• Consider all of the difficult questions that may be asked and prepare answers. This critical step will help you from being caught off guard.

  • If you are asked a challenging question that you did not consider or are asked to talk about something that you simply can’t discuss, you can maintain control of the interview by using bridging techniques with phrases like: “before we leave the subject, let me add that …” “And the one thing that is important to remember is …” “While this is important, it is also important to remember that…”

  • Reporters love to use research and statistics in their stories as much as lawyers do. Feel free to prepare some stats and takeaways for reporters to help emphasize the story angle you are trying to promote.

  • Reporters are trained to listen. Just because a reporter puts away a notebook, a microphone or turns off a tape recorder doesn’t mean the interview is over and you can say anything without it being used.

  • Reporters hate when someone misleads or lies to them. They don’t like it when their stories have to be corrected through no fault of their own and because of inaccurate information provided to them. Accuracy is a gold standard for reporters. Help them achieve it and you can bet they will come back to you with another interview opportunity.

  • Instead of using industry jargon, speak in simple terms to appeal to the general public and potential clients. The reporter will most likely use those comments word-for-word which earns more thought leadership clout.

  • Body language can be just as important as words. Keep your arms loose and gesture naturally. This will help you appear calm and confident. Don’t cross your arms, your legs or put your hands in your pockets. Strive for a relaxed and happy face. Again, you are the expert who has the opportunity to share your knowledge.

  • Some reporters will ask you to spell your name on camera or tape so the editors can include it in the caption. If they don’t, be sure to spell your name and your firm’s name so they can include it in their story correctly.

  • Whether your story appears online, in print, radio or on television, don’t forget to engage in the digital space. Update your social media channels, website and blogs before and after the interview to continue the growth and expansion of your online brand.

Representing your business and knowledge base to the public is extremely important for you and your practice. Keeping these general media tips in mind puts you at a greater advantage to deliver a successful message and stay in front of your clients. With this said, remember to stay positive and have fun! And of course, call the Marketing Department or your public relations representative to work on a customized approach for each story.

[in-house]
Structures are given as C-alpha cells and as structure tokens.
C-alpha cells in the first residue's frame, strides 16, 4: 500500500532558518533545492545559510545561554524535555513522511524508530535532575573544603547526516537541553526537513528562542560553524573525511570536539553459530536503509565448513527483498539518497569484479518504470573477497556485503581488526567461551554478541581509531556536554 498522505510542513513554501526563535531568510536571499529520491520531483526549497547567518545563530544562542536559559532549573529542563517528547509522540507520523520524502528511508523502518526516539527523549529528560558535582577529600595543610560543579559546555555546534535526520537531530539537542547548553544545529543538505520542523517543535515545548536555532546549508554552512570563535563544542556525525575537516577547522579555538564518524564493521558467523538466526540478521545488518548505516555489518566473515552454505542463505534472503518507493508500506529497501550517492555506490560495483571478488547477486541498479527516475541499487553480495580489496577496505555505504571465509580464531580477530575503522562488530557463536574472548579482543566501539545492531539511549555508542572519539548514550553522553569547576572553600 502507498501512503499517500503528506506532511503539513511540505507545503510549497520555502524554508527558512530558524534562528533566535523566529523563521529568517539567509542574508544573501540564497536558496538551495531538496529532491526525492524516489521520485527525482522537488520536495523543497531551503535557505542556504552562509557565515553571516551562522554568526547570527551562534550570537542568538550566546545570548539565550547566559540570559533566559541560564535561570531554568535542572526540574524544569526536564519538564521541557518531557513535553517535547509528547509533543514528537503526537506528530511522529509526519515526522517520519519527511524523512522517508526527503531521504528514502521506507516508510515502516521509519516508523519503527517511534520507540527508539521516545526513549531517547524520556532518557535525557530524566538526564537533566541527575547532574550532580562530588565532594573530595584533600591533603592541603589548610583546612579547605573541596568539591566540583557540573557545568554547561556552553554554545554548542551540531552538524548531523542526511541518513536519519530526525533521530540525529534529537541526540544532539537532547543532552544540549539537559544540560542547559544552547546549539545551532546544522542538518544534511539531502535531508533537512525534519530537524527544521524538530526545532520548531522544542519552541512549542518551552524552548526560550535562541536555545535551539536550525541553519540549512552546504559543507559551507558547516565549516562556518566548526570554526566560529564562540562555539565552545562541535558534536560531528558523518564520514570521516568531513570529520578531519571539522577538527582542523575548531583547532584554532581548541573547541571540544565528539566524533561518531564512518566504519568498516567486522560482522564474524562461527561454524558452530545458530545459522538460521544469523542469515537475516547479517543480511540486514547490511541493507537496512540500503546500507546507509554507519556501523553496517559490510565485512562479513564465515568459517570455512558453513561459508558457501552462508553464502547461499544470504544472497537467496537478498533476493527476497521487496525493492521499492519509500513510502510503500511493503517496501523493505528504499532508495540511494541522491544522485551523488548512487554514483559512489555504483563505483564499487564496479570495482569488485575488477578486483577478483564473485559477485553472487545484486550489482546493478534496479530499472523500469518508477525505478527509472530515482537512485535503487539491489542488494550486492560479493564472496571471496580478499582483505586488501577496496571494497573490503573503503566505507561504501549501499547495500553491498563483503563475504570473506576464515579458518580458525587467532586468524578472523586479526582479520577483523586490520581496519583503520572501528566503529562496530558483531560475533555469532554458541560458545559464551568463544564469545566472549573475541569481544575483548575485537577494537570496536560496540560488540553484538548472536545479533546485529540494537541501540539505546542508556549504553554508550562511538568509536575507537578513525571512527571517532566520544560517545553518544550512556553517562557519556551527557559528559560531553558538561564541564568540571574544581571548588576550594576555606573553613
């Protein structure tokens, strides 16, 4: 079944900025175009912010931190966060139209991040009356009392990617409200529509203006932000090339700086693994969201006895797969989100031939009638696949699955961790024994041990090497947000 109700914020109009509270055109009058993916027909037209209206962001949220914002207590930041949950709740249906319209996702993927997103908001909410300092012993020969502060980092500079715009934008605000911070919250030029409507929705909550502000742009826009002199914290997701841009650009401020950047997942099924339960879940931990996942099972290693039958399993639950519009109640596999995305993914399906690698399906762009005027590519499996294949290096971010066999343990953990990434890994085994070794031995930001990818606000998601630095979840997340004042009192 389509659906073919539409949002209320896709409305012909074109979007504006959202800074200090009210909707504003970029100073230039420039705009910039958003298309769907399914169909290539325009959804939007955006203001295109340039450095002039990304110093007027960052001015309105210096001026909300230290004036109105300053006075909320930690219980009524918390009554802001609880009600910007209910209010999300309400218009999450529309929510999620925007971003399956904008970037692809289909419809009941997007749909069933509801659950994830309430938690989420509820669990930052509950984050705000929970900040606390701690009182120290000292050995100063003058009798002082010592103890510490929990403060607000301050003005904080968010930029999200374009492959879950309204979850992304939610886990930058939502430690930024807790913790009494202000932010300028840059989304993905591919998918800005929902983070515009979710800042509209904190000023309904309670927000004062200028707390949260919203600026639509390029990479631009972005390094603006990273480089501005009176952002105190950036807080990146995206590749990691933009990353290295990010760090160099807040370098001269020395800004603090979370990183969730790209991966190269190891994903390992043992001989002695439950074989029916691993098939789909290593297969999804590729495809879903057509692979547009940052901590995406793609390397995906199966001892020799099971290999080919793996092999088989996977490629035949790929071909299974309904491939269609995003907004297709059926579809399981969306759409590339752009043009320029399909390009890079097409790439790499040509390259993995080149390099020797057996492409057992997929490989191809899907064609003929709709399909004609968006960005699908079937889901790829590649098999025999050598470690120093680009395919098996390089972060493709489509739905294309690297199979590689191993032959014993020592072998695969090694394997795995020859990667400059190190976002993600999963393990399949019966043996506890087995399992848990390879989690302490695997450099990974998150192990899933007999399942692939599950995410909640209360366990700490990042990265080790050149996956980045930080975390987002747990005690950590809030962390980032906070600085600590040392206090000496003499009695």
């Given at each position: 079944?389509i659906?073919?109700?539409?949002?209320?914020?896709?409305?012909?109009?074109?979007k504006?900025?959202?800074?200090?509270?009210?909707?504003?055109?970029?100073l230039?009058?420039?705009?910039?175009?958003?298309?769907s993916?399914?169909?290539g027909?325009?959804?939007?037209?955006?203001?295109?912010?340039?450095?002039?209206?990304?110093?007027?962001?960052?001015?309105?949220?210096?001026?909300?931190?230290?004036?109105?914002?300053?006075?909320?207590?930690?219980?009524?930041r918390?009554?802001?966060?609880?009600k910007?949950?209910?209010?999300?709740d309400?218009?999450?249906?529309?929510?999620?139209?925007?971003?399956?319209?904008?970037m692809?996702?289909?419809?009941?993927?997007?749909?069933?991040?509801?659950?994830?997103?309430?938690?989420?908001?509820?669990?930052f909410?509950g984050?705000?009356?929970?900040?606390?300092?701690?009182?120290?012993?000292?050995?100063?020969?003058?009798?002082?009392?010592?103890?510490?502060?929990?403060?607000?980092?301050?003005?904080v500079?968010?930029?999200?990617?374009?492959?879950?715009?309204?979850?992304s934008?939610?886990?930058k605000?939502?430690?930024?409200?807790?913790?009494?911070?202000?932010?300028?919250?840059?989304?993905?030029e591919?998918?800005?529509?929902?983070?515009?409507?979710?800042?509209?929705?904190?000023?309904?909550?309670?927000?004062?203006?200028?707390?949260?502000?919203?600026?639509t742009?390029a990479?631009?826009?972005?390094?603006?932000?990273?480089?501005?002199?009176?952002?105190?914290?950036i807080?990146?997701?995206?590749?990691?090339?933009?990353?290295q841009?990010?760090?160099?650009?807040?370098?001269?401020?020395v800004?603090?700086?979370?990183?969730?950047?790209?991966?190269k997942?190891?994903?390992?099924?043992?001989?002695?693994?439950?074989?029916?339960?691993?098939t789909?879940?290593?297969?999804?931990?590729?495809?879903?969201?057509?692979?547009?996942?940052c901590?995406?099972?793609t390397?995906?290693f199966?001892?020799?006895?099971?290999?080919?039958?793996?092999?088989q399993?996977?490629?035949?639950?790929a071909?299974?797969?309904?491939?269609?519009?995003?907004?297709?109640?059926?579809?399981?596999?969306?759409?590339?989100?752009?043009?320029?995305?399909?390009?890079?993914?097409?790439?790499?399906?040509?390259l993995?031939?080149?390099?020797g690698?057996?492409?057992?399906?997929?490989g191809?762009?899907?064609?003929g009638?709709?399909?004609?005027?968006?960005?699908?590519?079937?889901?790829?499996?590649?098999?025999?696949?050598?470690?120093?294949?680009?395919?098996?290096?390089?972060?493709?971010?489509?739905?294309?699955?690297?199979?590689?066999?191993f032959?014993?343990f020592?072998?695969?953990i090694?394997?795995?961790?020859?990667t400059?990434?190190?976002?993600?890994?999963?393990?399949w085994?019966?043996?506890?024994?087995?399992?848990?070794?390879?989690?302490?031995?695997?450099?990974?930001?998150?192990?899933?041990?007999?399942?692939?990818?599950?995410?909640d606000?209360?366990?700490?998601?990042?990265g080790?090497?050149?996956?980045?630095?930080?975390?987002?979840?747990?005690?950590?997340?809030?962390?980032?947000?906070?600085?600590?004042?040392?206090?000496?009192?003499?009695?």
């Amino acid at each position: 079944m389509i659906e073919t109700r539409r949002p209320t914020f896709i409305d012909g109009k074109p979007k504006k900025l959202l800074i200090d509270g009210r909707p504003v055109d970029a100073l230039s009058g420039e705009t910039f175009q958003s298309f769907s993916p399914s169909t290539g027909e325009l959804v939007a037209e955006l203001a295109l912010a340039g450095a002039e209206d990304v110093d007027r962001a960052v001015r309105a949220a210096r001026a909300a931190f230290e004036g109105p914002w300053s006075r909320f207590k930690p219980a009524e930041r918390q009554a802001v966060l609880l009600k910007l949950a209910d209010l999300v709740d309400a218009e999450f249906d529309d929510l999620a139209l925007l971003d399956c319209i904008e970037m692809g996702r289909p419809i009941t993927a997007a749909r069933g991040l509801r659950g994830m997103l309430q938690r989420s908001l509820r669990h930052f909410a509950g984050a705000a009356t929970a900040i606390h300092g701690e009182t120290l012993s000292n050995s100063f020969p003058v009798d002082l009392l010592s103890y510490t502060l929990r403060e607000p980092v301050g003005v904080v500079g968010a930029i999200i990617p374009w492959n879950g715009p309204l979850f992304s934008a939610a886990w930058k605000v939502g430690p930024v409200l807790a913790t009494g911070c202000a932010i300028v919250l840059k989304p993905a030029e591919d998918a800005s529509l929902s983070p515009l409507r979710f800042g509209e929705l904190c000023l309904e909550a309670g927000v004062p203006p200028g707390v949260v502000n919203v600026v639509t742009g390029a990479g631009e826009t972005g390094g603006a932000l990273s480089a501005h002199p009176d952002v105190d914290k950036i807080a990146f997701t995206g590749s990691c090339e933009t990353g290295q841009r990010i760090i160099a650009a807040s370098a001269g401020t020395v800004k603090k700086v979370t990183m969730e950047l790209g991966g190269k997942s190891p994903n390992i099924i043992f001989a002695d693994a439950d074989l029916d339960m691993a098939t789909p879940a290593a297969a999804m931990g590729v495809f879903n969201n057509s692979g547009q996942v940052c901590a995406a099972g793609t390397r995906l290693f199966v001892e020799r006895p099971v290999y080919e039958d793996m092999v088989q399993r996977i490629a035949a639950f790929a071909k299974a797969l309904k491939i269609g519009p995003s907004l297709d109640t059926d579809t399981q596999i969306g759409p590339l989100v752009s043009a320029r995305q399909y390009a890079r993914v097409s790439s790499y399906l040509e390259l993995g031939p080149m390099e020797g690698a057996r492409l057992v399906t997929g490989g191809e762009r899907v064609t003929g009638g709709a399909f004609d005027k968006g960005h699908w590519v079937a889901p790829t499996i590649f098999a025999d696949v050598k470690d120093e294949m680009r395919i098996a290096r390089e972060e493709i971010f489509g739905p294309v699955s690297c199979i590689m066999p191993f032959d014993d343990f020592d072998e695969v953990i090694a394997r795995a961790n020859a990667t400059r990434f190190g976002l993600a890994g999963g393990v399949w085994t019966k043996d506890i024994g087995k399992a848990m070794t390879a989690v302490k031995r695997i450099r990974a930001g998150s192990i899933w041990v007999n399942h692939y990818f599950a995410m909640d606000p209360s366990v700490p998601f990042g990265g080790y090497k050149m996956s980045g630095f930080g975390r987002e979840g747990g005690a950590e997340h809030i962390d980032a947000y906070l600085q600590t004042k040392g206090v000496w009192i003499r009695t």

ARTICLE BY

OF

Grow Your Email List for Free in 5 Simple Steps

The Rainmaker Institute

Lots of law firms struggle with compiling and maintaining a robust email marketing list, and they really struggle with how to keep adding qualified names to help them build a better list.  If you are recognizing yourself as you read this, then the good news is that you can actually build a great list for your firm and it doesn’t need to cost you a dime.

Here are five simple steps you can take to keep growing that important list of people you want to market to:

Grow Your Email List for Free in 5 Simple Steps, Money Tree

1.  Provide something of value.   Take the top 5 or 10 questions that clients ask you most often, write down the answers and turn that content into an e-book or report.  Post this on your website and blog and offer it as a free download to people who provide you with their name and email address.  The people who take you up on your offer are good prospects since they are clearly interested in the kind of problems you solve.  Add their names to your email marketing list to continue the conversation.

2.  Tell them what to do.  Your e-newsletter, your website and your blog should always contain easy-to-find calls-to-action that invite readers to subscribe, download a free report, make an appointment for a free consultation — anything you’d like them to do that could lead to business for you.  All your calls-to-action need to be simple and have the ability to collect email addresses for you.

3.  Keep reviewing your offers.  If your readers are not responding well to your calls-to-action or offers, then what you are offering is clearly not appealing to them.  First be sure that they are easy to understand.  If you’re still not getting a good response, change up your offers.  You should do this anyway every few months to keep things fresh.